Research Interests: Theoretical Neuroscience
Overview: Our lab is focused on elucidating the neural basis of sensory perception, decision-making, and associative learning.
- How does behavior emerge from the complex temporal interactions of cortical and subcortical networks?
- How do different physiological states, such as arousal, disengagement, expectation, affect sensory processing and modulate an animal's behavior?
- What drives associative learning at the level of synaptic plasticity in cortical and subcortical circuits?
To study these and other questions, we use methods from statistical physics, information theory, machine learning, and dynamical systems. We combine analysis of neurophysiological data from large populations of neurons in behaving animals with theoretical models based on neural networks.
Our lab is passionate about creating an inclusive environment promoting diversity. We embrace a notion of intellectual community enhanced by diversity along a number of dimensions, including race, ethnicity and national origins, gender identity and presentation, disability, class and religion. We aim at fostering greater creativity and encouraging collaborative innovation and interactions.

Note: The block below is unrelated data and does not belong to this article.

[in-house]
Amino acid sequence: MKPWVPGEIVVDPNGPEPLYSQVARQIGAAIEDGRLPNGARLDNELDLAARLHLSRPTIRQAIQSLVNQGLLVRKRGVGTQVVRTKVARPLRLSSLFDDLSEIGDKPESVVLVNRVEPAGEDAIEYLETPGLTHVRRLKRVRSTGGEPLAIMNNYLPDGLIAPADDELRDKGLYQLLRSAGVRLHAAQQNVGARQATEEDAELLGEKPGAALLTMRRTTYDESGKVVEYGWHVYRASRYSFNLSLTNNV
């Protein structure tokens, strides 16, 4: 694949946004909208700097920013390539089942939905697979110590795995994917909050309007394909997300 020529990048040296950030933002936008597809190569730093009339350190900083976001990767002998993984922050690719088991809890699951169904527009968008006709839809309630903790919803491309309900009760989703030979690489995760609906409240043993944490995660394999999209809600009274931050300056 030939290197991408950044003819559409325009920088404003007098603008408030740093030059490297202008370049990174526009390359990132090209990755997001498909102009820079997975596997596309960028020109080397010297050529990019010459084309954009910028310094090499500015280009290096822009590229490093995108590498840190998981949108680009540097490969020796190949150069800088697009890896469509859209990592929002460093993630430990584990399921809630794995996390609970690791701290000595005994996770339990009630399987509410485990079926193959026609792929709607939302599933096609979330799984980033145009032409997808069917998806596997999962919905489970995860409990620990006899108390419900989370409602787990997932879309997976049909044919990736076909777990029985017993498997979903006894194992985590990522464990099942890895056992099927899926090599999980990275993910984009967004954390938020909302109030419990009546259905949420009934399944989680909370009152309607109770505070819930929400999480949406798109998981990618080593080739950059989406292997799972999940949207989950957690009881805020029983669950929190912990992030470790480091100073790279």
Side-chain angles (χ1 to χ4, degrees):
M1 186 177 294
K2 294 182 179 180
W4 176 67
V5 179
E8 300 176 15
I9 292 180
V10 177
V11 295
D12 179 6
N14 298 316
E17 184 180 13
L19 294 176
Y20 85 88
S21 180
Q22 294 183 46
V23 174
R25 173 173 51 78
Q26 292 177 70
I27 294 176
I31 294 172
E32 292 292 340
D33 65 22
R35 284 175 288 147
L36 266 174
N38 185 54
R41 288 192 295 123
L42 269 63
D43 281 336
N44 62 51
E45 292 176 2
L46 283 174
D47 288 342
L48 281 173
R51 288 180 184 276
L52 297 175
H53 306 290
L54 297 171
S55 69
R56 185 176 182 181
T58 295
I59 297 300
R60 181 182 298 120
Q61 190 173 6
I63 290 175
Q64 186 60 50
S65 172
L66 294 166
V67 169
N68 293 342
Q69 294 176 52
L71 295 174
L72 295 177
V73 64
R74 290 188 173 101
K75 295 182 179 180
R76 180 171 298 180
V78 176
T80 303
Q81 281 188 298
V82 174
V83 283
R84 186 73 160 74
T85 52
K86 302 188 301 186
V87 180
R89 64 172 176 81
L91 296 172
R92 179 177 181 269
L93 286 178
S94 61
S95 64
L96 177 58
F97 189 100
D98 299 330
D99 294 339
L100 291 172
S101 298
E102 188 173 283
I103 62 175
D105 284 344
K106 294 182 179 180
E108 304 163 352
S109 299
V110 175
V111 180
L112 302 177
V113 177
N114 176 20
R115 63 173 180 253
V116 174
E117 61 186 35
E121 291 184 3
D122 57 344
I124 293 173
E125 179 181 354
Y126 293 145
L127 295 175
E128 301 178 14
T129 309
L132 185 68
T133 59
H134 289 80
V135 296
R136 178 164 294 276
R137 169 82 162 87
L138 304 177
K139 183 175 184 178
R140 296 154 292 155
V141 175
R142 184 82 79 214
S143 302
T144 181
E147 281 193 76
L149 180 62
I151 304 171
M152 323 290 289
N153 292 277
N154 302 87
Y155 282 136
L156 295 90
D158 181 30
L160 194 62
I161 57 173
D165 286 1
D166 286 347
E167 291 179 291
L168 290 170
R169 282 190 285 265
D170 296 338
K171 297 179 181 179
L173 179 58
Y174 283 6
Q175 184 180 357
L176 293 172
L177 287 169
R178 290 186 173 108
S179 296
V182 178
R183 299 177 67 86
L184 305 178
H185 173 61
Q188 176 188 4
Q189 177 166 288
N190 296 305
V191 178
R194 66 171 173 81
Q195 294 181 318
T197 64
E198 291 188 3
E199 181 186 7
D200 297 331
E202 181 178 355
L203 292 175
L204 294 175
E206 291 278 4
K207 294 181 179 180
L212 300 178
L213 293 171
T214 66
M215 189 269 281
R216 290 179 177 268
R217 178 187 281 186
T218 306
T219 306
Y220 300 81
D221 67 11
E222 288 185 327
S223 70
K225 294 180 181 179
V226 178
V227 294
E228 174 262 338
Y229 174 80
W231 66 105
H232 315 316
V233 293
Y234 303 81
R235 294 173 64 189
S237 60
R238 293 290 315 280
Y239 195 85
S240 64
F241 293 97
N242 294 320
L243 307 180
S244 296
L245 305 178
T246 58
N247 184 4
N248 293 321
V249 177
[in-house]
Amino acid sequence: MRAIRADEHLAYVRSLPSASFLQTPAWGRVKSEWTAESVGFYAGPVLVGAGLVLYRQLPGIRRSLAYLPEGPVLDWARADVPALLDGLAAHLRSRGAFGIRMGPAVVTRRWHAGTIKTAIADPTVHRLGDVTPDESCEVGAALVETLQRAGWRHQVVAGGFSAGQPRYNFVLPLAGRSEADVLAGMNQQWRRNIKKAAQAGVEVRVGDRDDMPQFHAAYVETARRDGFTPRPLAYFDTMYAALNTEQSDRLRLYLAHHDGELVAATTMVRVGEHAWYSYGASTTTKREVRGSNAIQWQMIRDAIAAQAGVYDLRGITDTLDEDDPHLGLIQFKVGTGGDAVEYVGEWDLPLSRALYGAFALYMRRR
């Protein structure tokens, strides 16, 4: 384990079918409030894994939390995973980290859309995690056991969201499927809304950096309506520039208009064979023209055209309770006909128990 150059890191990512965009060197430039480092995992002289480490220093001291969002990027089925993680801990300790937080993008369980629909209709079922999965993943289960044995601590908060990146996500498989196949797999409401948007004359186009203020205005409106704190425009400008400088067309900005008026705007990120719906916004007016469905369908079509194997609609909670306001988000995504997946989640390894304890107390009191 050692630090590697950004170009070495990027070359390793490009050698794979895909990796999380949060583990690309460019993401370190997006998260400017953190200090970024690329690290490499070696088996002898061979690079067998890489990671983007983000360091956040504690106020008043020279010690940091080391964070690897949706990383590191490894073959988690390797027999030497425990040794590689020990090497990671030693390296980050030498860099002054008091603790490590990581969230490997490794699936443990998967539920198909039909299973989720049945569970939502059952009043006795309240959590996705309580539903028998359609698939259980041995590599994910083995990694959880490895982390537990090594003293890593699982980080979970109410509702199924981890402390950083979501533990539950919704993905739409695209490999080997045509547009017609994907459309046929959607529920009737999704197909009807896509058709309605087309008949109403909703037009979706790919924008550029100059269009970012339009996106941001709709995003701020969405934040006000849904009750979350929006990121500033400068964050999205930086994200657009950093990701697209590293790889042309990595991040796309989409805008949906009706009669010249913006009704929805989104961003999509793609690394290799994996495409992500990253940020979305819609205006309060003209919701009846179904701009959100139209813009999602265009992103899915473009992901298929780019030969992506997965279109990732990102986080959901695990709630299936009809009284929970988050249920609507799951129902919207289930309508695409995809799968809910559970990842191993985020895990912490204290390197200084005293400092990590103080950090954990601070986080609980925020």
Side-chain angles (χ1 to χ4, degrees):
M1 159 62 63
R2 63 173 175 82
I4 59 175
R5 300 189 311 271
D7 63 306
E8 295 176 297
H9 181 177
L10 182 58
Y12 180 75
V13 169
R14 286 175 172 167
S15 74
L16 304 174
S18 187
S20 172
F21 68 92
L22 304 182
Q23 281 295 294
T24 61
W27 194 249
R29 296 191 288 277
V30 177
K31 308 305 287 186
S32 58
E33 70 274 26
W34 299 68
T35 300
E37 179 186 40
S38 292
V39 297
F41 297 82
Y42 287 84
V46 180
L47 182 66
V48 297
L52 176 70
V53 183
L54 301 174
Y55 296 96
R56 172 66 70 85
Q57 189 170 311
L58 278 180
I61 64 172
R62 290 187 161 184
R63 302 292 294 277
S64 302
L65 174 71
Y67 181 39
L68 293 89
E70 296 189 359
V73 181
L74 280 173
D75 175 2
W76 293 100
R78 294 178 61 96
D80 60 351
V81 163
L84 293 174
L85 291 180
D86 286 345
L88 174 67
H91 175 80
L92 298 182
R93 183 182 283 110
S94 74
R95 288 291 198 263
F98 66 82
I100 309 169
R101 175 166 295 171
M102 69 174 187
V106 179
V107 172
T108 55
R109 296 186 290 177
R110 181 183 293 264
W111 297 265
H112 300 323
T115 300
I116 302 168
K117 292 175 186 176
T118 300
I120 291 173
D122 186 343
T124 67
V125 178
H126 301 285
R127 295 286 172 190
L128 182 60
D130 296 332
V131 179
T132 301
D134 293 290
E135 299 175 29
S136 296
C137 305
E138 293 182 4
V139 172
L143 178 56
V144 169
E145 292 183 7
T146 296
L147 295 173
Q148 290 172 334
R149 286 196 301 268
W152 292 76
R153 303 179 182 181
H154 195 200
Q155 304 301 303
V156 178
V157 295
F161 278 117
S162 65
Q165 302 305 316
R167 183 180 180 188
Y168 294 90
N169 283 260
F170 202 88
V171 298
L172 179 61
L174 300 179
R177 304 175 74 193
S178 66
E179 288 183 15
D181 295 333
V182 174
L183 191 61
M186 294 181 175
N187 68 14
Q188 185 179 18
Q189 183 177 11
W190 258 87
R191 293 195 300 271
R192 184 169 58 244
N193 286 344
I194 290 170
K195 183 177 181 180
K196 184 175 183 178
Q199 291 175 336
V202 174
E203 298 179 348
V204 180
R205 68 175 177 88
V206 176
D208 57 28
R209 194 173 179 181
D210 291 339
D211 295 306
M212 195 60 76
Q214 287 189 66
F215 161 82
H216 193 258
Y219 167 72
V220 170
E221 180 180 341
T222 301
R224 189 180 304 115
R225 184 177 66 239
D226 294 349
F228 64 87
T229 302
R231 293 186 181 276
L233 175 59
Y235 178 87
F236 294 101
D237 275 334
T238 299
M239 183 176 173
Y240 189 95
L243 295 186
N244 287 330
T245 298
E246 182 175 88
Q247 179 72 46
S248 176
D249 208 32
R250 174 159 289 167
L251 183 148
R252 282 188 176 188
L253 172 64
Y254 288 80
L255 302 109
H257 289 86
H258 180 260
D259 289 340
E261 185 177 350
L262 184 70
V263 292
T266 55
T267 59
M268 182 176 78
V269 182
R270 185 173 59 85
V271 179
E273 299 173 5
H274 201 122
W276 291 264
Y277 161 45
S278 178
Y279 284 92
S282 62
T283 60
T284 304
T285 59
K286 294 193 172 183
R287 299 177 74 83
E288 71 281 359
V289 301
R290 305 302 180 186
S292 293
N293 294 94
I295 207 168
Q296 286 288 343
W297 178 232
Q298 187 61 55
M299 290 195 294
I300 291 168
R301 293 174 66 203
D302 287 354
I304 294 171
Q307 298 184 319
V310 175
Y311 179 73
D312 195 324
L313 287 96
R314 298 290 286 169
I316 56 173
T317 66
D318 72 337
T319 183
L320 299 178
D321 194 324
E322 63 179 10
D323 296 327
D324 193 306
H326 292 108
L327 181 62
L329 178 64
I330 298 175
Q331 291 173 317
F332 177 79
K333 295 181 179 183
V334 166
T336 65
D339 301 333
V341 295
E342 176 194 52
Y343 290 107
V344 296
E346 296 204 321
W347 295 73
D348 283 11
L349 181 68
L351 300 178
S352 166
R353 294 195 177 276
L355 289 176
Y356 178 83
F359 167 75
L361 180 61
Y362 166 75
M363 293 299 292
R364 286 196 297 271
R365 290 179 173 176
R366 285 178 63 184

Neuron. 2021 Oct 25:S0896-6273(21)00779-0. doi: 10.1016/j.neuron.2021.10.011. Online ahead of print.
The timing of self-initiated actions shows large variability even when they are executed in stable, well-learned sequences. Could this mix of reliability and stochasticity arise within the same neural circuit? We trained rats to perform a stereotyped sequence of self-initiated actions and recorded neural ensemble activity in secondary motor cortex (M2), which is known to reflect trial-by-trial action-timing fluctuations. Using hidden Markov models, we established a dictionary between activity patterns and actions. We then showed that metastable attractors, representing activity patterns with a reliable sequential structure and large transition timing variability, could be produced by reciprocally coupling a high-dimensional recurrent network and a low-dimensional feedforward one. Transitions between attractors relied on correlated variability in this mesoscale feedback loop, predicting a specific structure of low-dimensional correlations that were empirically verified in M2 recordings. Our results suggest a novel mesoscale network motif based on correlated variability supporting naturalistic animal behavior.